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Zambia to tax
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Wednesday, Aug 15th

'Africa's manufacturing sector needs renaissance'

'Africa's manufacturing sector needs renaissance'

The World Bank says new technology, including advanced robotics, industrial automation, and 3D printing, is changing the landscape of global manufacturing. Although there are challenges, it notes that opportunities remain for developing countries - as long as governments take appropriate policy actions on competitiveness, capabilities, and connectedness.

New technologies and processes will change how traditional goods are made. To make the most of each economy's potential; policymakers and private-sector decision-makers will need to seize new opportunities by re-thinking their manufacturing-led development strategies says Gaurav Nayyar, an economist in the World Bank Group's Trade & Competitiveness Global Practice.

Nayyar co-authored a report Trouble in the Making? The Future of Manufacturing-Led Development.

The report reveals how advances in technology and changing trade patterns are affecting opportunities for export-led manufacturing. It highlights the resulting changes in the manufacturing sector's ability to create jobs and lift people out of poverty in developing countries.

Anabel Gonzalez, World Bank Group's senior director for trade & competitiveness notes in the report that, "Technology and globalisation are changing how manufacturing contributes to development. We will need to embrace this change rather than fear it. In the past, the manufacturing sector created jobs for unskilled workers and increased productivity. In the future, developing countries will need to update their policies along with their infrastructure, firm capabilities and job creation strategies to meet the demands of a more technologically advanced world."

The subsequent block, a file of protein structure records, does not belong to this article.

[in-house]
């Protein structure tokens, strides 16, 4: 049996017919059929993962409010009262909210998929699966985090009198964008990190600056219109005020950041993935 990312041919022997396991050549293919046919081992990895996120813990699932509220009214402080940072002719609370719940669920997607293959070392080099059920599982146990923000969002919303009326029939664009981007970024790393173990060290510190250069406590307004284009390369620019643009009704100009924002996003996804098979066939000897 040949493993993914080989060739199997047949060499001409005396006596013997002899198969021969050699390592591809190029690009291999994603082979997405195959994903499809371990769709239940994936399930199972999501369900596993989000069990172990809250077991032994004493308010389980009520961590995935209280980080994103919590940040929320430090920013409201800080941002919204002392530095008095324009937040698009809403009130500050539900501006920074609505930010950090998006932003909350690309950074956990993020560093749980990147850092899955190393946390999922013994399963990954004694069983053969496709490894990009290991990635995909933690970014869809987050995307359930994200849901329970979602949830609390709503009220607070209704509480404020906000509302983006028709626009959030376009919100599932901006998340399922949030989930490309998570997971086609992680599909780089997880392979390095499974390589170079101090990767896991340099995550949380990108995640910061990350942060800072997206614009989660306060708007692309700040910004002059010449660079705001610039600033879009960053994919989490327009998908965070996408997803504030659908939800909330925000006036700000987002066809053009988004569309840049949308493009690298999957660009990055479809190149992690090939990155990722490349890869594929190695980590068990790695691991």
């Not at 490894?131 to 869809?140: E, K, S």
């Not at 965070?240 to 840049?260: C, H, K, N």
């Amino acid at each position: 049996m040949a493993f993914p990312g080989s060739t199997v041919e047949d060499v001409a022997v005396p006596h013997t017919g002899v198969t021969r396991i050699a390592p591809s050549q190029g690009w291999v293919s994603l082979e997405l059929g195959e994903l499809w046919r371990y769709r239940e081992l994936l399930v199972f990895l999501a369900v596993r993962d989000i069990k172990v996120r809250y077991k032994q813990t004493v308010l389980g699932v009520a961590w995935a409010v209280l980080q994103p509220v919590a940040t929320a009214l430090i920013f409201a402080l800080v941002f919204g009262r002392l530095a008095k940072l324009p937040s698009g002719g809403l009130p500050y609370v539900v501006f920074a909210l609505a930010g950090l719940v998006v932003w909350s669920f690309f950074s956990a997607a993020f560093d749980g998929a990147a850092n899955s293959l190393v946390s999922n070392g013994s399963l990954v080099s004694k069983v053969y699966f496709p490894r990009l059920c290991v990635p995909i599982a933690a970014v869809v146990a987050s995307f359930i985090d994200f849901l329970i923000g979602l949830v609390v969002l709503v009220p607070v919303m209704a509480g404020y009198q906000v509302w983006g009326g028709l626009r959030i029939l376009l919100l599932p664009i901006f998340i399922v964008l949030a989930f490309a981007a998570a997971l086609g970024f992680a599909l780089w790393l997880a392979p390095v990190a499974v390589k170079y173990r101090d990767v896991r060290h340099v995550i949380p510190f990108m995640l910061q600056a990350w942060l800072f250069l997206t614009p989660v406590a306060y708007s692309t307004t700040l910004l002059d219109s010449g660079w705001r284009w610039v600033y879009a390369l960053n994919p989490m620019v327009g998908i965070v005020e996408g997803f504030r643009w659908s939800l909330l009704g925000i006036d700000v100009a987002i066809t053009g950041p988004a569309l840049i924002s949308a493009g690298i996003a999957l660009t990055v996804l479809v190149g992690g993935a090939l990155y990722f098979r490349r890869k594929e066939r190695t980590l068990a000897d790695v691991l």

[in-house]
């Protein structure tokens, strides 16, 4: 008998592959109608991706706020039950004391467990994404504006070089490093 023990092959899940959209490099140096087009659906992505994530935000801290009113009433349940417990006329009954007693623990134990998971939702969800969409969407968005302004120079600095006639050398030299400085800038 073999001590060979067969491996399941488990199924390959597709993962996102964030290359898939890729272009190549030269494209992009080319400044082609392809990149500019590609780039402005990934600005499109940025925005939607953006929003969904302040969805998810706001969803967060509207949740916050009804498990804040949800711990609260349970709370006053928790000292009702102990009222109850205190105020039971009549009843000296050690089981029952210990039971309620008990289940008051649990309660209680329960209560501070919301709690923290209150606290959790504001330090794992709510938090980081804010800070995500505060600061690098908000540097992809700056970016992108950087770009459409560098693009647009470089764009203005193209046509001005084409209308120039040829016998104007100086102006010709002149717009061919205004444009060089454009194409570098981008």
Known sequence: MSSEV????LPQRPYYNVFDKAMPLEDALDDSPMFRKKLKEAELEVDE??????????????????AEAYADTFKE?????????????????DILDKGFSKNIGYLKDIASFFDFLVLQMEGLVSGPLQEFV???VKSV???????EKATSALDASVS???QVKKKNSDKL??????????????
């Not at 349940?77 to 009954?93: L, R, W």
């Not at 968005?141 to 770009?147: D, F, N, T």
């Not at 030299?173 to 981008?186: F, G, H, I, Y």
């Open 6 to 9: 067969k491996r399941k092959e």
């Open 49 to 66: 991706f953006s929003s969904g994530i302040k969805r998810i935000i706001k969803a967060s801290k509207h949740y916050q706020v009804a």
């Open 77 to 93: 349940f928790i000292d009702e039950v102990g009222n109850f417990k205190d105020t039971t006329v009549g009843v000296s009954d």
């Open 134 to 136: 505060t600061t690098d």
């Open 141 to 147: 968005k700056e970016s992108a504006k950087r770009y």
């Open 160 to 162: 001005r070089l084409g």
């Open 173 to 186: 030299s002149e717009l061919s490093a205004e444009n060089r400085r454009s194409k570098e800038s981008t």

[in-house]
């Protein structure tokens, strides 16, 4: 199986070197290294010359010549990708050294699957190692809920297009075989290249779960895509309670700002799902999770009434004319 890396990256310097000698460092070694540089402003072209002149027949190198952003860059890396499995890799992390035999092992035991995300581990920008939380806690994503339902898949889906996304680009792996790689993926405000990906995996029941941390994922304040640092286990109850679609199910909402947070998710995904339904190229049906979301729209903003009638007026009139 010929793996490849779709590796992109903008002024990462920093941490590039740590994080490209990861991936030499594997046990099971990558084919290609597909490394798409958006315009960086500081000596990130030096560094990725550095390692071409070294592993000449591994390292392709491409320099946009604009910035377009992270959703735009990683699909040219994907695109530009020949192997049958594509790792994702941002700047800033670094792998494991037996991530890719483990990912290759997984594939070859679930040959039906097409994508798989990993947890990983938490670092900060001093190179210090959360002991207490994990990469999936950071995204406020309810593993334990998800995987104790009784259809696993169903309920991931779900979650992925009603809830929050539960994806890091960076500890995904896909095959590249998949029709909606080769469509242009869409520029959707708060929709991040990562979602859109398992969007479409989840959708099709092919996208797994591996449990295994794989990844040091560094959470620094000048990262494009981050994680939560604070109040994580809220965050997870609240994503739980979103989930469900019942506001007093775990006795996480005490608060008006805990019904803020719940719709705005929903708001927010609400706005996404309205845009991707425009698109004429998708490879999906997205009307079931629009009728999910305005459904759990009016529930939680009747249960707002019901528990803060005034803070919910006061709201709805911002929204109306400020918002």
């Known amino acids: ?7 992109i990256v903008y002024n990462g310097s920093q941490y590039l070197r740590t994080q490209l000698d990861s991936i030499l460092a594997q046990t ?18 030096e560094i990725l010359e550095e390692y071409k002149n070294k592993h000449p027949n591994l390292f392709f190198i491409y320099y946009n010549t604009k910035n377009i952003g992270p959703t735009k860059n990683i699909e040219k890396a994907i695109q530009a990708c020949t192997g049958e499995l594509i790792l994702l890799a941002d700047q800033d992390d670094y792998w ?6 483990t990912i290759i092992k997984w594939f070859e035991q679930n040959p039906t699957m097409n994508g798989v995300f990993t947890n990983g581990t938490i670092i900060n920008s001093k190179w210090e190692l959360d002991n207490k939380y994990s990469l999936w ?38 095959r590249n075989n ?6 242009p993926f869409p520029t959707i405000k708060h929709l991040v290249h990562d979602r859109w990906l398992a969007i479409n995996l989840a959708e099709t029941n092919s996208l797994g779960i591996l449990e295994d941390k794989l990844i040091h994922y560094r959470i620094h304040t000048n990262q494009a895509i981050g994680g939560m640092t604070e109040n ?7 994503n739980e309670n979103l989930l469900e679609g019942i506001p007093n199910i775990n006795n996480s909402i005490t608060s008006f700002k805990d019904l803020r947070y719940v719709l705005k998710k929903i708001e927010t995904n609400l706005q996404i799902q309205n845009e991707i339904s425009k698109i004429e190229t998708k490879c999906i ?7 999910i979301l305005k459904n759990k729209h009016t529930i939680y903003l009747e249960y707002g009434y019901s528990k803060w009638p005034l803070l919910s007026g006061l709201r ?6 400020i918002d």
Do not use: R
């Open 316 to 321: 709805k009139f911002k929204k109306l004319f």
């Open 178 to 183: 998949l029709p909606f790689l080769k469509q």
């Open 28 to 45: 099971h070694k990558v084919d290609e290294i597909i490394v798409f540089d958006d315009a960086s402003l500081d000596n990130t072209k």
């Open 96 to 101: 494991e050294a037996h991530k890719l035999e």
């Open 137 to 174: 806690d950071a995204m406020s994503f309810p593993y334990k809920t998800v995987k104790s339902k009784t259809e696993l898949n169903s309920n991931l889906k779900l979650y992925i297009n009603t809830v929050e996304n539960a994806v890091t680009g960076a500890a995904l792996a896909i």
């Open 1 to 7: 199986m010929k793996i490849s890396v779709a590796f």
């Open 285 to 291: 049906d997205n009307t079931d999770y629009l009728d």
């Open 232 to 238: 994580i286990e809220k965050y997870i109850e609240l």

According to the World Economic Forum (WEF), the limited structural transformation in Africa has not translated into more jobs, because the manufacturing sector itself requires extensive reform.

"What Africa needs is a manufacturing renaissance, with more local value-addition that would create more and better-paid jobs. It could make African countries become more resilient to economic shocks and less dependent on natural resource exports," states the global organisation.

An excerpt from the World Bank Report reads, "Some countries saw progress stall after a transitory pickup of economic growth, such as in Latin America. Other countries, including those in Sub-Saharan Africa and South Asia, never managed to break into manufacturing production to a significant extent.

"The manufacturing sector's role in supporting economic growth and development has been underpinned by a range of pro-development characteristics with the potential for spill overs and dynamic productivity gains: scale, tradability, innovation, learning by doing, and job creation. It has played a unique role in development by raising the productivity of large, unskilled workforces."

Data from the Overseas Development Institute shows that African manufacturing production, exports and Foreign Direct Investment (FDI) have grown over the last decade.

Between 2005 and 2014, manufacturing production within Africa more than doubled from US$73 billion to US$157 billion, growing 3.5% annually in real terms. Some countries, such as Uganda, Tanzania, and Zambia, have achieved more than 5% annual growth in the recent past.

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